It's September 17, 2013 in New York City's Zuccotti Park. The park is crowded (and mottled) with the same diverse, mixed-age, chanting, sign-carrying crew who launched the Occupy Wall Street movement exactly two years earlier. Is this simply an anniversary, a nostalgic commemoration of that once-vibrant movement? Or is this something new and different? Let's listen more closely to what they're chanting.
"Hey, hey, ho, ho. Corrupt duopoly's gotta go."
"Repulsives are red, Degenerates blue. Since neither one serves us, we've joined D.U."
Say what? While clearly related, this focus on parties is NOT standard Occupy. And what the Guy Fawkes is D.U.? Glad you asked me that. Let's backtrack a bit to the present day.
As a more gray-bearded specimen of Occupier, I deeply miss the OWS movement. Occupy had something--an energy, an excitement, an experimentalism, a power to unify, a capacity to raise hope and consciousness--that's sorely missing from today's political scene.
Nor is my craving for the next Occupy, which millions probably share, a matter of mere nostalgia. While Occupy's been in absentia, at least where a forceful media presence is concerned, the abuses of government of, by, and for the 1% have only worsened, and our government veers dangerously toward fascism in defense of those same abuses. Our political system clearly remains broken, our two major parties are plainly much more part of the problem than of its solution, and third parties show no evidence of gaining traction--at least not fast enough to meet our worsening crisis. For me, only a mass movement capable of changing the conversation--a movement like OWS--can save us from our political morass.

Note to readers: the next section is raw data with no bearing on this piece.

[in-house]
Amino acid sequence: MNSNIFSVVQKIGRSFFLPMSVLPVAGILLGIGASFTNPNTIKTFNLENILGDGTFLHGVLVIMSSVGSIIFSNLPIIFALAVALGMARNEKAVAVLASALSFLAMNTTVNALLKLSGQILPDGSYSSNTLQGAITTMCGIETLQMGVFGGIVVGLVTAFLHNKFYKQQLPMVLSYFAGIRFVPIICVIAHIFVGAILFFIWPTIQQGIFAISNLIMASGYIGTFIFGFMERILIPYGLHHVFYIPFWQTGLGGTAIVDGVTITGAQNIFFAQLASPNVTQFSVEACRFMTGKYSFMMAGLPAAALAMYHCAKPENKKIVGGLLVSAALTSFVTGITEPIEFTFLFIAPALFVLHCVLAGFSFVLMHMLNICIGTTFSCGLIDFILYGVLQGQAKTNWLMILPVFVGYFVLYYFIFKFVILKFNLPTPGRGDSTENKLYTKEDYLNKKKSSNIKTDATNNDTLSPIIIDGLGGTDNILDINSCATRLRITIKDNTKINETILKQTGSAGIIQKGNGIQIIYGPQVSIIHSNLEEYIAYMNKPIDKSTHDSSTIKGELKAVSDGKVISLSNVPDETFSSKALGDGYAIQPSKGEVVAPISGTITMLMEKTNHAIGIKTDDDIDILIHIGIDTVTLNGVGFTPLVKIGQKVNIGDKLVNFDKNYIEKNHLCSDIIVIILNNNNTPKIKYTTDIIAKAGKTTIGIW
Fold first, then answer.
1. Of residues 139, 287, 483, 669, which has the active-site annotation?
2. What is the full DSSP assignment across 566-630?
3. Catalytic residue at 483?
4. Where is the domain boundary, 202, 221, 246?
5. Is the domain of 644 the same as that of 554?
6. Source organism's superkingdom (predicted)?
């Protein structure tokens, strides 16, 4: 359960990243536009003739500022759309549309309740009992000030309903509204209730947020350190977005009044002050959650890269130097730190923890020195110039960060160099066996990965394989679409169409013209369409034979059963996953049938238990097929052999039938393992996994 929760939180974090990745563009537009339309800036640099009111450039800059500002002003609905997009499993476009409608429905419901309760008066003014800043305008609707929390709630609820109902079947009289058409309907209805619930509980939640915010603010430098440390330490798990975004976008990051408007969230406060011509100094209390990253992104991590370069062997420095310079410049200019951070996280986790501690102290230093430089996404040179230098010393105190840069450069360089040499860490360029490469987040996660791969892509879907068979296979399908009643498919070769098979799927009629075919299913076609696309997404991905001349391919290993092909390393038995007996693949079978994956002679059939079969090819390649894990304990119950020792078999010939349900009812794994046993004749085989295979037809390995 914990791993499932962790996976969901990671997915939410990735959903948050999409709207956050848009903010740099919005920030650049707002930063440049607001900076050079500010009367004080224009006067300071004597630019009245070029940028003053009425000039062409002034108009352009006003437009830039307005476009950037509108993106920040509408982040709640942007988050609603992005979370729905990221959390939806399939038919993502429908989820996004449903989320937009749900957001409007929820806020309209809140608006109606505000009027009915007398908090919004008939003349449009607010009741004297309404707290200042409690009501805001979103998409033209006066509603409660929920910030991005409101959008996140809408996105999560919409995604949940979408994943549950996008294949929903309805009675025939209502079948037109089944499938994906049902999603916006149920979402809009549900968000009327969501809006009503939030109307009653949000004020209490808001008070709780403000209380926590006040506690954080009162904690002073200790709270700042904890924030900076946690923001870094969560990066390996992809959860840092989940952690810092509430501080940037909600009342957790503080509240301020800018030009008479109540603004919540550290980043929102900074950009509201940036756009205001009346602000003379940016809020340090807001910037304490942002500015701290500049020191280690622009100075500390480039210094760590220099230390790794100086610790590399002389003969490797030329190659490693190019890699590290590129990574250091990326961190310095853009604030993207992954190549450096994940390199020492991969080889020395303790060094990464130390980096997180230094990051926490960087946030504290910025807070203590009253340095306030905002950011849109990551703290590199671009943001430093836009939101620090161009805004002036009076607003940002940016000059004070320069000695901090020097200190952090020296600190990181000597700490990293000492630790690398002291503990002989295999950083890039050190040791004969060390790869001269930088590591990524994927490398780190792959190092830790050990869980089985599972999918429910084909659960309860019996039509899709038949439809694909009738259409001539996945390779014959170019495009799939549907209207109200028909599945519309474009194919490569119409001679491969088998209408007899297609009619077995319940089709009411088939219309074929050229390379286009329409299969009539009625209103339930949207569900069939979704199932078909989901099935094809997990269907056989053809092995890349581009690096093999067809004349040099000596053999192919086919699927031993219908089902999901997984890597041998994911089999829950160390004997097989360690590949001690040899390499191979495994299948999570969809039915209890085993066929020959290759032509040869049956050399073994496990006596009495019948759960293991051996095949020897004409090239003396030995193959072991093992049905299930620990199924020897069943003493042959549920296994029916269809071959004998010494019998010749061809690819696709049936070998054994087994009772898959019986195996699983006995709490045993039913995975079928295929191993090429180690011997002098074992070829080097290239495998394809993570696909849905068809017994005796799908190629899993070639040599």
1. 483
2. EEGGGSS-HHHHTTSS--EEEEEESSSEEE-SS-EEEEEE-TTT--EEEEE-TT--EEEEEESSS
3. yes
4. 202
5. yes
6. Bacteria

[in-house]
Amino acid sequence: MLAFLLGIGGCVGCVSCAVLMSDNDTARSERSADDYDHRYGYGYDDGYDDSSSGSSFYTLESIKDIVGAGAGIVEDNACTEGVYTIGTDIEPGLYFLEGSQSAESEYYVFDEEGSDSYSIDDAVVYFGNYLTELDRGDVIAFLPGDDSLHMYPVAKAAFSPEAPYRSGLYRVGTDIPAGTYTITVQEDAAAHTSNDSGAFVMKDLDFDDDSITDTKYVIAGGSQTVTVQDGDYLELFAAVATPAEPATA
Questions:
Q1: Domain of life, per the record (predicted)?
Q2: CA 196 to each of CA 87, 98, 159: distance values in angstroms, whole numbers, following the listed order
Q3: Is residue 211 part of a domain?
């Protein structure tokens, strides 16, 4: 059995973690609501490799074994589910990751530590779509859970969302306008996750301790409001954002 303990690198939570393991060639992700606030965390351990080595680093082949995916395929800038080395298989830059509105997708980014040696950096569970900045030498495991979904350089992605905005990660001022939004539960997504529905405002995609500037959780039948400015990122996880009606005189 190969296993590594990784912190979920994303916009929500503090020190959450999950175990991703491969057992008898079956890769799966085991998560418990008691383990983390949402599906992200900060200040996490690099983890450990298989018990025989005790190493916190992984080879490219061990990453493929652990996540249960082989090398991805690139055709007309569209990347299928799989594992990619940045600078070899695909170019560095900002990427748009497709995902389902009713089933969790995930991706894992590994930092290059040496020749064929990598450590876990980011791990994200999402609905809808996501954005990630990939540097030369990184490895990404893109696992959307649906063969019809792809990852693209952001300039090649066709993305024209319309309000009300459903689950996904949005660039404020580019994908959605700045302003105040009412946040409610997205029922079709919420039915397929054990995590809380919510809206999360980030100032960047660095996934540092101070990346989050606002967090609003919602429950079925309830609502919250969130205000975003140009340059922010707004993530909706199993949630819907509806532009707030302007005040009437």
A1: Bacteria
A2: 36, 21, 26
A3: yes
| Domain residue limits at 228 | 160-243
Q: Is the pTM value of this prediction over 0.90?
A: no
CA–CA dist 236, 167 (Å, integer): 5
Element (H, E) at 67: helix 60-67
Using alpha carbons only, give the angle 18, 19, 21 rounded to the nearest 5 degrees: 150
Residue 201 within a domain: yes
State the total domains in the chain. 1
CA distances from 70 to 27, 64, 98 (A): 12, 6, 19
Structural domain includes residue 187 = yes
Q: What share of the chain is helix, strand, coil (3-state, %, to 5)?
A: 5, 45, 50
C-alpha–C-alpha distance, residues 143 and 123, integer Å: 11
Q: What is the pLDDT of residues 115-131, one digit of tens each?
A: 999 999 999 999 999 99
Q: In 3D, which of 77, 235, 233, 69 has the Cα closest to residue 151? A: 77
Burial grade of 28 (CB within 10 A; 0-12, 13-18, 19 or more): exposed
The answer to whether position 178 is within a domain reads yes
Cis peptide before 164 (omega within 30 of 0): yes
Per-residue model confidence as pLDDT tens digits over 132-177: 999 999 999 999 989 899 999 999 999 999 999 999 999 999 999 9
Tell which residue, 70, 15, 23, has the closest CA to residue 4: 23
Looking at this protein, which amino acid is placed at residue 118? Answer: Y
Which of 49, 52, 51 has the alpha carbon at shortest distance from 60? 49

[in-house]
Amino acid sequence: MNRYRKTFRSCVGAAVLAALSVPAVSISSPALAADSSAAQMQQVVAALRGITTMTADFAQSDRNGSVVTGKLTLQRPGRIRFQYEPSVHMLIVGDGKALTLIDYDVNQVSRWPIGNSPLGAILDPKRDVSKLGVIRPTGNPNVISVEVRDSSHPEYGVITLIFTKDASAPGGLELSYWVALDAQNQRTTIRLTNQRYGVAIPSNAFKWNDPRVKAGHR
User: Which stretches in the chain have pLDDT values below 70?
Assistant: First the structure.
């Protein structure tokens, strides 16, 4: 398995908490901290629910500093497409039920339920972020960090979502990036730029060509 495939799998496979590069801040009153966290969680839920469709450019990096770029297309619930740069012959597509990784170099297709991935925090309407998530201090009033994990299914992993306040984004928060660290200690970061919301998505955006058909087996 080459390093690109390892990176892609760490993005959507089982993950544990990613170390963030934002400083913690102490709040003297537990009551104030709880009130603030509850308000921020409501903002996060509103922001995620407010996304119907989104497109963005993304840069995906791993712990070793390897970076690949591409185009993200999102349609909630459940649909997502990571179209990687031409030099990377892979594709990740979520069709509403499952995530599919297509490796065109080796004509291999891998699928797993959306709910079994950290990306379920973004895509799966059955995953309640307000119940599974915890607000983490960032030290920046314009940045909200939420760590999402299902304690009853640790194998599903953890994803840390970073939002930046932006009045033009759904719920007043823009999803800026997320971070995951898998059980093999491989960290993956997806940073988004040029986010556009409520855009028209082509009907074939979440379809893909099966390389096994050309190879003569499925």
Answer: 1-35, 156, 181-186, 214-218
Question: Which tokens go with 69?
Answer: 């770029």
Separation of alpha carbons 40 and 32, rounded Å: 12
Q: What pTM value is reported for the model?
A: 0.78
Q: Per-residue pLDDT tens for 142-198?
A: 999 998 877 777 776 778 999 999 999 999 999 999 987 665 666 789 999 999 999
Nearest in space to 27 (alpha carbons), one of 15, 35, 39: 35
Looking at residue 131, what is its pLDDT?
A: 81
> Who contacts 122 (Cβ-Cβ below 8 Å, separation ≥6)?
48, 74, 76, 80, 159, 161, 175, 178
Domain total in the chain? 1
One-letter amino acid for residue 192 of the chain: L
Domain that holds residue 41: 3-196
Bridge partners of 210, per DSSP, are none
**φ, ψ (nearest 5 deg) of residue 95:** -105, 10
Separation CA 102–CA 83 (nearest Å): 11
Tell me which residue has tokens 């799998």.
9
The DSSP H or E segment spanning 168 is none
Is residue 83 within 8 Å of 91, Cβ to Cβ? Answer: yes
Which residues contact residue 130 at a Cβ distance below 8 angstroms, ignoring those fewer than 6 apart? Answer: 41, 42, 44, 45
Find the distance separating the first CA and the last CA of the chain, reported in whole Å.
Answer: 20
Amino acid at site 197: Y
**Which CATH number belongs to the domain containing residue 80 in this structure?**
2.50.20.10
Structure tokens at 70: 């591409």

Fortunately, the materials to build the next, logical successor to Occupy lie readily at hand. Now, both U.S. and worldwide citizens owe Occupy a boundless debt for its achievements in raising consciousness and providing exemplars of popular unity and predominantly peaceful revolt. Due to OWS, the statistically rough but politically incisive diagnosis of "99% versus 1%" now pervades our public consciousness, available to provoke torment even in those politicians quickest to violate its spirit. Occupy made talk of class war--and the simple fact that most of us have been on losing end of a long, undeclared one--respectable political discourse. And in the process, Occupy built networks of followers ready to be mobilized rapidly (as the Occupy Sandy hurricane response proved) in service of its mutual-aid ideals.